1. Land Use: Planning of Land use contains a range of compatible activities, close to one another in order to make land use more efficient.
  2. Housing and Inclusiveness: The housing facilities are to be expanded to all, including slum dwellers and urban poor.
  3. Promoting Walkable localities: To reduce congestion, air pollution, resource depletion, to boost local economy, to promote interaction and ensure security the walkable localities needs to be developed. The road network has to be created for free and safe movement of pedestrians and cyclists. Many services are to be offered within walkable distances.
  4. Preserving and developing green and open spaces: In cities, playgrounds and recreational spaces are to be provided to enhance the quality of life for citizens, to reduce urban heat effects to promote eco-balance.
  5. Variety of transports: The citizens are to be offered with a variety of options for their movements including pubic transport, mass transit systems and hassle free hiring facilities.
  6. Citizen friendly governance: The citizens are to be offered many online services to bring out accountability, transparency and encourage them to avail these facilities on mobile, without having to go to government offices, to respond more e-mail enquiries, SMS feedbacks, grievance redressal, monitoring the programs and activities online etc.
  7. Identity to the city: Every city has some uniqueness in its economic activity such as local cuisine, healthcare, education, arts and crafts, culture, goods market, hosiery, tourism, industries, heritage etc. By finding the uniqueness, an identity has to be given to the city.
  8. Smart solutions to the needs: For development of infrastructure and to provide services to citizens, innovative ideas are to be employed by making areas less prone to disasters, use of fewer resources, inexpensive and user friendly services etc.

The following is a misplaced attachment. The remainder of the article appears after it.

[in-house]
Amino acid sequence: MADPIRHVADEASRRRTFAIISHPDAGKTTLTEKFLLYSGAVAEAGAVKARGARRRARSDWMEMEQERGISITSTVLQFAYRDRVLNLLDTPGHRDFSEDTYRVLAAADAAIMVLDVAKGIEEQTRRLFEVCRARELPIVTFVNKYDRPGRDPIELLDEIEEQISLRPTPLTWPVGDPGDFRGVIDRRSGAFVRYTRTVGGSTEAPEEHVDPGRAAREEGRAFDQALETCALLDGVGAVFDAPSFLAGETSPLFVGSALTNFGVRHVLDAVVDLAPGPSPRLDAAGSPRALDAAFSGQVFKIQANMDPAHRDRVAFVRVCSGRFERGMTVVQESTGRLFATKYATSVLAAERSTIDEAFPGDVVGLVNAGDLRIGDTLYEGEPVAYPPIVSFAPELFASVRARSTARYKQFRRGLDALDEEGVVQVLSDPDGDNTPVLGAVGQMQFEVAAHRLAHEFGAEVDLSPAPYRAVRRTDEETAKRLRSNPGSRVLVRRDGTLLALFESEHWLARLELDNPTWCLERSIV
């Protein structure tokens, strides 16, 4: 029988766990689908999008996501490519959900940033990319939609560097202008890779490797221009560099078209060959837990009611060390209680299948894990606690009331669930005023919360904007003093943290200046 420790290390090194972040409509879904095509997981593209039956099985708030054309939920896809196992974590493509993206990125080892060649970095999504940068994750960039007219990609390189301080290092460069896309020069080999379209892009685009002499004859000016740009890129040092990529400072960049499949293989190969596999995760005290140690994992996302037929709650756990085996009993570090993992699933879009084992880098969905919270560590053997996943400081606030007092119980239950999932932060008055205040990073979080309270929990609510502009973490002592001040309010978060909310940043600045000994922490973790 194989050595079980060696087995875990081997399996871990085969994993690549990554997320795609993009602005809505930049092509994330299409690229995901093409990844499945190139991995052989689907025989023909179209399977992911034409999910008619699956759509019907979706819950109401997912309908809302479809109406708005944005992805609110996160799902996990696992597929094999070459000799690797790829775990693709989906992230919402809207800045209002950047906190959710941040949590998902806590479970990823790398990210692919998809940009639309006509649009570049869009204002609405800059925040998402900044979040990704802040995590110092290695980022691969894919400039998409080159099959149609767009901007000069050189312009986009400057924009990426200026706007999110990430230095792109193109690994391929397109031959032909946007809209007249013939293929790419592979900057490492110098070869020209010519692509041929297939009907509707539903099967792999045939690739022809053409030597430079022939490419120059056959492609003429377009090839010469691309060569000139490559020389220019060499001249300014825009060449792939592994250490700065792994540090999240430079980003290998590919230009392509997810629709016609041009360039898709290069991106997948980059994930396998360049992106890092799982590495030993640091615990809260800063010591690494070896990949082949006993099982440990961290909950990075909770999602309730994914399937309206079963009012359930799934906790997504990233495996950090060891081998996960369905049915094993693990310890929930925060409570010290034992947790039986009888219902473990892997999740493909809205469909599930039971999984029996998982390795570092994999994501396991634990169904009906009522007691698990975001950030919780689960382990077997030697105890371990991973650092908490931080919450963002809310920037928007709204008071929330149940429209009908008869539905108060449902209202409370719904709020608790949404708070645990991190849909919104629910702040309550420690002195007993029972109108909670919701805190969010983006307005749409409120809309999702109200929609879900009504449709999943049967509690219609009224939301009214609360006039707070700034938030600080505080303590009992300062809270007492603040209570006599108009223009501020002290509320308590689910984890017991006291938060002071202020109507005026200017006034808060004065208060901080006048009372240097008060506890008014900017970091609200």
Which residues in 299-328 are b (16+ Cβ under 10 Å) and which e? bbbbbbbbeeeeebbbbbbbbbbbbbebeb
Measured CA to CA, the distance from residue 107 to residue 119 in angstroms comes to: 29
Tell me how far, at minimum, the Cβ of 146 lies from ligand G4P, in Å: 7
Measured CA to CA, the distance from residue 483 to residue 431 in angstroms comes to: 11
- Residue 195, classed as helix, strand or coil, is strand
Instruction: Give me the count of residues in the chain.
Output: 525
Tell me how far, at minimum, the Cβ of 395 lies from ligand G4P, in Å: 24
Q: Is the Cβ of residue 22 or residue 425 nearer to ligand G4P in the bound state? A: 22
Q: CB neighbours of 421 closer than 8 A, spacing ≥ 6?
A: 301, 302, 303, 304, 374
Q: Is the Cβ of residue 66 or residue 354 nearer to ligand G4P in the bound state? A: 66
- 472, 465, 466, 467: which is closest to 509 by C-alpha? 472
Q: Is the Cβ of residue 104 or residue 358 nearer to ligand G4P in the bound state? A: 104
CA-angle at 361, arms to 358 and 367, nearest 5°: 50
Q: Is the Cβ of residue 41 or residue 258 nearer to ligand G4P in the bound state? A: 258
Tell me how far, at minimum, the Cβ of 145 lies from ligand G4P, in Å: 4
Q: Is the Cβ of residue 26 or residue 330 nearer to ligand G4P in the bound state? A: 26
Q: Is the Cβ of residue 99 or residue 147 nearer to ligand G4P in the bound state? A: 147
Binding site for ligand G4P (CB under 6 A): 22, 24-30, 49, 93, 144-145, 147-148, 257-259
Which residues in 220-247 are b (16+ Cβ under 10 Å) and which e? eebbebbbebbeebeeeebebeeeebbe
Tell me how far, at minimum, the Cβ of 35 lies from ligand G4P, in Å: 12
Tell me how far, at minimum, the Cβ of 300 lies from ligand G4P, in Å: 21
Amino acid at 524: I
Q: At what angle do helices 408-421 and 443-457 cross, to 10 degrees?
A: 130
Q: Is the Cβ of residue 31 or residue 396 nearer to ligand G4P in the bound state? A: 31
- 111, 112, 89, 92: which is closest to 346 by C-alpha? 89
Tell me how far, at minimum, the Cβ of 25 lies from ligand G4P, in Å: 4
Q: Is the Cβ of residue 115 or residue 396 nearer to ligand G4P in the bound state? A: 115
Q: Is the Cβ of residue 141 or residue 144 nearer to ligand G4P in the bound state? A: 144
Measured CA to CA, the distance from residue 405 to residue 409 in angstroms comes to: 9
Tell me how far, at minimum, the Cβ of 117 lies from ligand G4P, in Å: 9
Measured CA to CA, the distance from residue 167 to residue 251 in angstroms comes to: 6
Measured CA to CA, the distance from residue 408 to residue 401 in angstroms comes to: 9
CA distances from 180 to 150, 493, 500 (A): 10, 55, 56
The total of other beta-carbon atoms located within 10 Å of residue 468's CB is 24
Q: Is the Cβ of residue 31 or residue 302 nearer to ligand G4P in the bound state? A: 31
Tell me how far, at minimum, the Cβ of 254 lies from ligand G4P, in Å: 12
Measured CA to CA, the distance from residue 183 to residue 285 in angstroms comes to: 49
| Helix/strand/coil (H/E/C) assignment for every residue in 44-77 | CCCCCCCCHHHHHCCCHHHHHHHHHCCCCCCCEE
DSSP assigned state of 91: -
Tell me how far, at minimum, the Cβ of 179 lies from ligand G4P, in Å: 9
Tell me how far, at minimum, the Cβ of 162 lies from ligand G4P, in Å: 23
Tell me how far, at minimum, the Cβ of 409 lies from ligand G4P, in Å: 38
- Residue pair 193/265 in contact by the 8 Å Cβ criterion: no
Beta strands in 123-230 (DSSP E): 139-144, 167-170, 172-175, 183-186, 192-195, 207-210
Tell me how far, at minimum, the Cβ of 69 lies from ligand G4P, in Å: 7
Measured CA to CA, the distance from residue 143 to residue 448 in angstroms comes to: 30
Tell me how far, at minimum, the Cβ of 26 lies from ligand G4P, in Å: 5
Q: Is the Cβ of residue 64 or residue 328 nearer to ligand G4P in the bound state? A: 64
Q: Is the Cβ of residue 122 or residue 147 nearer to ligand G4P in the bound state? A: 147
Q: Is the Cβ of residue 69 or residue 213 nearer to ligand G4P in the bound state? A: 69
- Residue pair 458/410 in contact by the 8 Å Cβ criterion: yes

1. Smart City Mission

The government of India has envisaged a Mission to develop 100 smart cities within duration of five years (FY 2015-16 to FY 2019-20). This mission may be continued after the evaluation to be done by the MoUD incorporating the lessons learnt in the Mission. With the above goals and concepts, the Government of India has already selected 100 cities through a selection process in Stage 1, out of which 20 cities are selected for financial grant and fast track implantation through a selection process in Stage 2.

  1. Implementation and Monitoring

The implementation of a Smart City Mission at the city level will be done by a Special Purpose Vehicle (SPV) created for the purpose. The SPV will plan, apprise, approve, release funds, implement, manage, operate, monitor and evaluate the smart cities development projects. Each smart city will have a SPV which will be headed by a full time CEO and have nominees of central government, state governments and ULB’s on its board. The state/ULB shall ensure that (a) a dedicated and substantial revenue stream is made available to the SPV so as to make it self-sustainable and evolve its credit worthiness for raising additional resources from the market, and (b) government contribution for smart city is used only to create infrastructure for public benefit outcomes.

The central government proposes to give financial support to the Mission to the extent of INR 48,000 crore over five years, on an average of INR 100 crores per city, per year with an equal amount of matching grant from State/ULB. The Mission is monitored by an Apex Committee (AC) at the national level. A state level ‘High Powered Steering Committee’ (HSPC) would steer the Mission programme. Also a ‘Smart Cities Advisory Forum’ (SCAF) will be established at the city level.

List of first 20 Smart Cities of India –

list of 20 smart cities

For more details on upcoming Smart cities in India visit www.smartcitiesindia.com and/or www.smartcities.gov.in and/or www.smartcitieschallenge.in.

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About Ashish Batra

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Ar. Ashish Batra, M.Tech Urban Planner from GRD School of Planning, Guru Nanak Dev University, Amritsar and Bachelor’s in Architecture from Department of Architecture, Guru Nanak Dev University Amritsar is currently working in LEA Associates South Asia private limited (LASA), New Delhi as a Senior Planner (Urban and Regional Development). He has over Seven years of extensive experience in all aspects of Architecture and Urban Planning. He is a practising Architect-Urban Planner and a contributor to several publications in Architecture, Lighting, Urban Design, Urban Planning, Transport Systems and related fields. E-mail: ashishbatra86@gmail.com, abatra@lasaindia.com